Sea level rise is now acknowledged as a real threat to our coastal towns and cities. In addition, global climate changes may lead to increasingly frequency and severity of storms. As a result the value of he UK's assets at risk from flooding by the sea have significantly increased. The current UK coastal flood defences, which have typically been designed to cope with severe storm events with a return period of 50-100 years, may be now inadequate to protect the coastal areas under threat. To improve the design of future coastal defences requires a better understanding of the linkages between atmosphere, ocean and seabed; as well as improved quantification of the inherent uncertainties in the predictions.
This joint research proposal between the Universities of Plymouth, Bristol and Liverpool, aims to develop a robust and integrated "Cloud-to-Coast" modelling framework which will include the complex interactions between atmosphere, ocean and coastal flood and erosion, so that the flood risk in the coastal areas from the extreme events, such as severe storms, can be accurately predicted and assessed. The project will use various existing proven computer programmes together with necessary further developments to provide information on meteorological conditions under severe storms, the associated surge and wave conditions, as well as detailed transformation of wind and waves from the offshore to areas close to shoreline in order to predict coastal flood and erosion due to wave overtopping and scour.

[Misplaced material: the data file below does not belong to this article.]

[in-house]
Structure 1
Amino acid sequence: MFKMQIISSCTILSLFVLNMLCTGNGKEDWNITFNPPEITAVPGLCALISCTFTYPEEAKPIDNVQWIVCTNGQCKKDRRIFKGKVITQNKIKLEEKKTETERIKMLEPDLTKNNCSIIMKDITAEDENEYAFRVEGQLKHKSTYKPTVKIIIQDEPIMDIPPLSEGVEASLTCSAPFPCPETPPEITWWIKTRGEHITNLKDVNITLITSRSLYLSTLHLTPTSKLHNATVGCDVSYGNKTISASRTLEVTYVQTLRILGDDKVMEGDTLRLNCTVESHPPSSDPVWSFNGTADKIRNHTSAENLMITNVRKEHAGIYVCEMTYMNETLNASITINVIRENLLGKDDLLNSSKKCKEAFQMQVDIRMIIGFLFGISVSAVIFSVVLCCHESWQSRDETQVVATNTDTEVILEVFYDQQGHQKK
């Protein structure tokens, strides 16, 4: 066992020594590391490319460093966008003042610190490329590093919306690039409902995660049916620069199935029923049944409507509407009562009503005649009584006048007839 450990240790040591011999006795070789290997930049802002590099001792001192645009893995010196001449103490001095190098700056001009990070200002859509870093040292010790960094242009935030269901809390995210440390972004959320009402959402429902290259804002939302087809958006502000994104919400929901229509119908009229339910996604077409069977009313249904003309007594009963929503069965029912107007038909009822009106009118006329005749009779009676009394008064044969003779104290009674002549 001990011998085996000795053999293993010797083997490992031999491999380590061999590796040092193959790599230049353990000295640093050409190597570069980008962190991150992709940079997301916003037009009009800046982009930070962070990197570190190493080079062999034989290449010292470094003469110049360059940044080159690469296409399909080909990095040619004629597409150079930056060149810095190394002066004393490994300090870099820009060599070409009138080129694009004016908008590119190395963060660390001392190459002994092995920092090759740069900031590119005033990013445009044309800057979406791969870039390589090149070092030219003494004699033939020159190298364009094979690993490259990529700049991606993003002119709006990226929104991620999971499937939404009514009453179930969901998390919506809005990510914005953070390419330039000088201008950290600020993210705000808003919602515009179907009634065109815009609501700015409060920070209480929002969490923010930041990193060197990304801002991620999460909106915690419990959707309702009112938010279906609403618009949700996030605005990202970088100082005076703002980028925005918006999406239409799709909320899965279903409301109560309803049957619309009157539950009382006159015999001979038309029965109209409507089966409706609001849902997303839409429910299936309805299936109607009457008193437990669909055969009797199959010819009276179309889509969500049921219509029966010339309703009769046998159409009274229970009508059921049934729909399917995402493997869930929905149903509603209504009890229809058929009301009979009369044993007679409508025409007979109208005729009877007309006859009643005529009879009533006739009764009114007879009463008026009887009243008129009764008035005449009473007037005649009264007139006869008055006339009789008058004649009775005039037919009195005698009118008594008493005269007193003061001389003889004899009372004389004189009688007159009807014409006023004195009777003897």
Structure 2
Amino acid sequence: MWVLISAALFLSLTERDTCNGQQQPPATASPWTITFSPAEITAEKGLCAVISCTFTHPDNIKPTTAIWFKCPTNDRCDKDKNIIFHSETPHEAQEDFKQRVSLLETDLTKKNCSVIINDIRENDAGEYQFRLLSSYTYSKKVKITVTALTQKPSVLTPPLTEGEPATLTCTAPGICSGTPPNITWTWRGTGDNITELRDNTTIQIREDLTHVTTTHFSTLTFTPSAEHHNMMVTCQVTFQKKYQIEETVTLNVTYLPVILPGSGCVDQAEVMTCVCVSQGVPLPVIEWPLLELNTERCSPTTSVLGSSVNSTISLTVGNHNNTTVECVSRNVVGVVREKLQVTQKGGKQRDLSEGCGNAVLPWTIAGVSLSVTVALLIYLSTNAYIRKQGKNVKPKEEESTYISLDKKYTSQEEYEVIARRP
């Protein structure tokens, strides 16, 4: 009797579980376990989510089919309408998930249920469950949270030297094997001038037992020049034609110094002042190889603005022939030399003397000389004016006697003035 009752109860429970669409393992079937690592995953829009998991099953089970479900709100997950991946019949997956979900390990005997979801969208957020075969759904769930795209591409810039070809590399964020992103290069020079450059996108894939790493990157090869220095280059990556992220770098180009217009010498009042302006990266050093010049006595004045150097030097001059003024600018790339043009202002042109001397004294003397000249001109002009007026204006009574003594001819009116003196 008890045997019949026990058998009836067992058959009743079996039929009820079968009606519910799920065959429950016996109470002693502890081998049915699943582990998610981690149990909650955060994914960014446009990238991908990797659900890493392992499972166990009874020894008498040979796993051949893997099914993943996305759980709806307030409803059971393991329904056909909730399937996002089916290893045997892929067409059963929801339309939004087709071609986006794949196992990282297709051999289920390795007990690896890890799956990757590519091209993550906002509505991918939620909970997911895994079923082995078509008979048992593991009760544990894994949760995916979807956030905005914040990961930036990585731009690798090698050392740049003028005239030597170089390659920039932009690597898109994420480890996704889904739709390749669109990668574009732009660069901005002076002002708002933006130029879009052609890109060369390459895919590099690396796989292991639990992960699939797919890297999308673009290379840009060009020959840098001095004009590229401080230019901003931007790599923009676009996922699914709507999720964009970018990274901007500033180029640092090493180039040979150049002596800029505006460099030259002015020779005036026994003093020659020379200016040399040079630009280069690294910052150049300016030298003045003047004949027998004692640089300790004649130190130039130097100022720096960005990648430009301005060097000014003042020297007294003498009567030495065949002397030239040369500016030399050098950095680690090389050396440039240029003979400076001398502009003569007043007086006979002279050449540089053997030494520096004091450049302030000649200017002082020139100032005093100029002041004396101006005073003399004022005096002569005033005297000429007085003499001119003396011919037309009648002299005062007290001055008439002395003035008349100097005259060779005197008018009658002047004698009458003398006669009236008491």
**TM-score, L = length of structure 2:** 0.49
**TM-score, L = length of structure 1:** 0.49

Project Duration: January 2007 - January 2011.
This project is funded by NERC - Grant Ref. NE/E002129/1 - through the Flood Risk for Etreme Events (FREE) NERC directed mode programme.
These models will use a range of data types including ERA40 data and UM mesoscale products, and will be validated against data collected during previous projects such as LEACOAST and LEACOAST2 and data from case studies in appropriate areas.
The aim of this project is to develop the model framework and as such no substantial data sets are expected to be archived. However, the BADC has advised the research team of the need to archive and document model out from runs used in publications in order to ensure its preservation long-term.
The data and metadata from this project will be stored at the British Oceanographic Data Centre (BODC). A copy of the metadata will be stored at the BADC.
A copy of the metadata will be stored in the BADC FREE EPIRUS project archive.
Access to FREE data held at the BADC will be restricted to the FREE participants during a restricted access period ending two years after the end date of each project. Data will be made publicly accessible after that date.
If you are a FREE participant and wish to access restricted FREE data, please
EPIRUS website - http://www.research.plym.ac.uk/cerg/field_of_work/epirus.htm
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